Newsletter 07/31/2020

So far this week we are facing the expiration of many provisions of the CARES act, most importantly, the extra weekly unemployment benefit of $600 as well as additional funding for testing, schools, municipalities and states, hospitals and more. A Democratic Congress is negotiating with a Republican Senate and the White House. Not even close to an agreement on next steps with regard to the expiration of CARES benefits Friday July 31. The cost of the proposed House bill is $3 trillion and cost of the proposed Senate bill is $1 trillion. Concern about the deficit be damned. There is still time for a deal, but the heels on both sides are dug in so we shall see what the outcome bears. There are many hurting Americans, both financially and emotionally so something needs to happen, but negotiations are never easy. 


Markets

The stock market seems unconcerned again with reassurance from the Federal Reserve today that they will do whatever is necessary to help the economy. Jerome Powell says economic recovery is linked to solving the public health problem. But the determination to find a solution to the pandemic is frayed. Leadership on all levels is critical to summon the discipline to manage our behavior as a country but we are left to summon the discipline to wear masks in public, wash our hands, socially distance and stay away from crowded indoor places. 

Democrats and Republicans found common ground to criticize the big 4 tech companies: Apple, Facebook, Google, and Amazon. Microsoft has escaped scrutiny for now. Interestingly these four stocks plus Microsoft represent 22% of the S&P 500 and also represent the major reason the stock market has recovered. The rest of the S&P 500 is down about 5% year to date.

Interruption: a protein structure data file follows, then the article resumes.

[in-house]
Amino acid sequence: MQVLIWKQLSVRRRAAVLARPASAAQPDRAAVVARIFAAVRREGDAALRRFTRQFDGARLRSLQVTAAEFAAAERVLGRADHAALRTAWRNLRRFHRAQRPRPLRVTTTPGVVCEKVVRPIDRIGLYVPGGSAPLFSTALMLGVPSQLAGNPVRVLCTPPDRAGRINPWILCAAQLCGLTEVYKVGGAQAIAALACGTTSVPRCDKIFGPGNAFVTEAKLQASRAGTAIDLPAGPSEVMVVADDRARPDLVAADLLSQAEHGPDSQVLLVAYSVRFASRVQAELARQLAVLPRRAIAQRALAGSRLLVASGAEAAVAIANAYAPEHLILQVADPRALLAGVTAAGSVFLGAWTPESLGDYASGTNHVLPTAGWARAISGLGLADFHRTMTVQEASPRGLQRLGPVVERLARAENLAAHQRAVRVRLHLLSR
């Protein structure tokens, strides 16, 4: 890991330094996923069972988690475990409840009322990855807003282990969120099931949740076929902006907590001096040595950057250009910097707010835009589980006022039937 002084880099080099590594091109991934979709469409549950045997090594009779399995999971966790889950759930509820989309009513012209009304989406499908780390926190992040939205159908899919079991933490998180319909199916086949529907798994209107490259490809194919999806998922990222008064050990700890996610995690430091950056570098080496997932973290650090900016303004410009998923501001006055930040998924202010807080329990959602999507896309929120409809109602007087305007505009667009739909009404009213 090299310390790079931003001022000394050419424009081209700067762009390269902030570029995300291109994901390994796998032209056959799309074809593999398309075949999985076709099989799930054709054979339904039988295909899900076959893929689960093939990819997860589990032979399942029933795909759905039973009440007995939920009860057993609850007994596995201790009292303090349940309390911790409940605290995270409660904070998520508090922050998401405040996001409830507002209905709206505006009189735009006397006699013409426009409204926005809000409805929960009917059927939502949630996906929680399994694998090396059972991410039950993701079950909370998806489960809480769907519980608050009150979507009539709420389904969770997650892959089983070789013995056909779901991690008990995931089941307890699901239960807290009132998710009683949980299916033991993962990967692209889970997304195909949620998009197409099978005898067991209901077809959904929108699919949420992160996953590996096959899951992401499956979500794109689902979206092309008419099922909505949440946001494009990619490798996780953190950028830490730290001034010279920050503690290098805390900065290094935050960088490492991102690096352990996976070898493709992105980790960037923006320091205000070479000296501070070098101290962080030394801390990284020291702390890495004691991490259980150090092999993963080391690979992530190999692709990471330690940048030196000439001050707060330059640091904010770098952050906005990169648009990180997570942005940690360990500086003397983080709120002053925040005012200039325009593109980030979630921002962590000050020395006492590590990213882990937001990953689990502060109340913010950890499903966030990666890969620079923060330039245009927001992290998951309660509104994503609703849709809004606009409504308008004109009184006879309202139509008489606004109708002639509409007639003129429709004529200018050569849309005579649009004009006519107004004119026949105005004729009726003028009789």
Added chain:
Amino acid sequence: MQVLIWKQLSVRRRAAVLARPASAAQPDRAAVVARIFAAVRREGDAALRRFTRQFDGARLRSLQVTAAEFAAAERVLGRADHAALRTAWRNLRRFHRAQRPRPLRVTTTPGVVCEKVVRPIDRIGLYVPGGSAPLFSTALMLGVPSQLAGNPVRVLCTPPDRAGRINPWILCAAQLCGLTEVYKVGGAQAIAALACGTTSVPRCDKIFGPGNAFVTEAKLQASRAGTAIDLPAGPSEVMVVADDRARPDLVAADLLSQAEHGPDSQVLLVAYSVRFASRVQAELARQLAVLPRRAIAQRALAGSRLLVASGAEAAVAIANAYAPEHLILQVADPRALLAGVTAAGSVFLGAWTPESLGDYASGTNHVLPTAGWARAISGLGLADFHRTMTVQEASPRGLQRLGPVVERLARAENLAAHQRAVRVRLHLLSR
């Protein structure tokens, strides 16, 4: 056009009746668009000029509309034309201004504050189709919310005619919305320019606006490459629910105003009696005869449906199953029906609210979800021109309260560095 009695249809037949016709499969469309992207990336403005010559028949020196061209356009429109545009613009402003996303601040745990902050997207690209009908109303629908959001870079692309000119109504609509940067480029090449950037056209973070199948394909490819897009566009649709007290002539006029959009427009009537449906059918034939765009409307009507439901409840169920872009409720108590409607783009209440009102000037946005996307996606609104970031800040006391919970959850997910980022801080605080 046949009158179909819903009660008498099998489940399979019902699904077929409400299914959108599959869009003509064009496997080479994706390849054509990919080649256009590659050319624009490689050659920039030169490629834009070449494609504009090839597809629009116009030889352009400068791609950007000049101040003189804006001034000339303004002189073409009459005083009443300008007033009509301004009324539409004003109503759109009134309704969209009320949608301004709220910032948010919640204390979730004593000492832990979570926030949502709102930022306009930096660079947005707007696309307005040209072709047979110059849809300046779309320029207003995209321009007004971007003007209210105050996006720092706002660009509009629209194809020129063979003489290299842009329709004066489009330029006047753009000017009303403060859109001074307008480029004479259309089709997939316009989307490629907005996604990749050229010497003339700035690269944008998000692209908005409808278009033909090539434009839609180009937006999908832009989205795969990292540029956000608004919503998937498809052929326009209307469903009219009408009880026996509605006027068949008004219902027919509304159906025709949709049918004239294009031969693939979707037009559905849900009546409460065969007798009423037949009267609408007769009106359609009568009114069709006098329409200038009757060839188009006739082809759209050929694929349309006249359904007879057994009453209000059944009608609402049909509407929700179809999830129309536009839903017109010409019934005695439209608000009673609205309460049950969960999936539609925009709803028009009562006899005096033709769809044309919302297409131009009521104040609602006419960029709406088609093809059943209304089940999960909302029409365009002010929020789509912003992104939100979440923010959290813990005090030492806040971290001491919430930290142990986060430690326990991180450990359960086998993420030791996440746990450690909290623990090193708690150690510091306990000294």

The bond market is providing opportunities to refinance mortgages. Call your mortgage person if your mortgage rate is above 3.75%. Refinancing is an important decision and be sure to call or email your SAS team if you are considering refinancing for guidance on this process. 


Economy

Earnings so far are not as terrible as expected. Will 2nd quarter GDP growth be as bad as expected? The expected decline from the Atlanta Federal Reserve is about 50%. That would be a historic drop. Unemployment claims last week were higher than expected at over 1 million. Hard to see how this will not impact stock prices but so far a quick recovery in prices. Average home price sales are holding strong as well. Go figure. 


More Current Events

The passing of John Lewis and the week of mourning for an American hero moved me to tears. The fight for racial equality presses on. Included is one link to view a video of John Lewis’ ceremonies of life.


Fall Academic Year

If you are a parent of a young child, the Fall academic year has more than likely been a topic of conversation all summer. Many schools will be opening in the fall exclusively as a distance learning format. With many work from home and unemployed parents now shouldering much of the child care and elements of homeschooling duties in an already stressful and stretched environment.

Some have taken to establishing “pods” of like aged, geography, and practices related “exposure risk” from essential workers to strict adherence to guidelines. Sometimes families are grouping together independently and others are hiring an outside individual, even out of work teachers and tutors, to come into their homes (or yards, garages, shared outdoor spaces, or rotating homes) for learning, caring, and socializing, or any combination, to give working parents reprieve. The long term repercussions are unknown.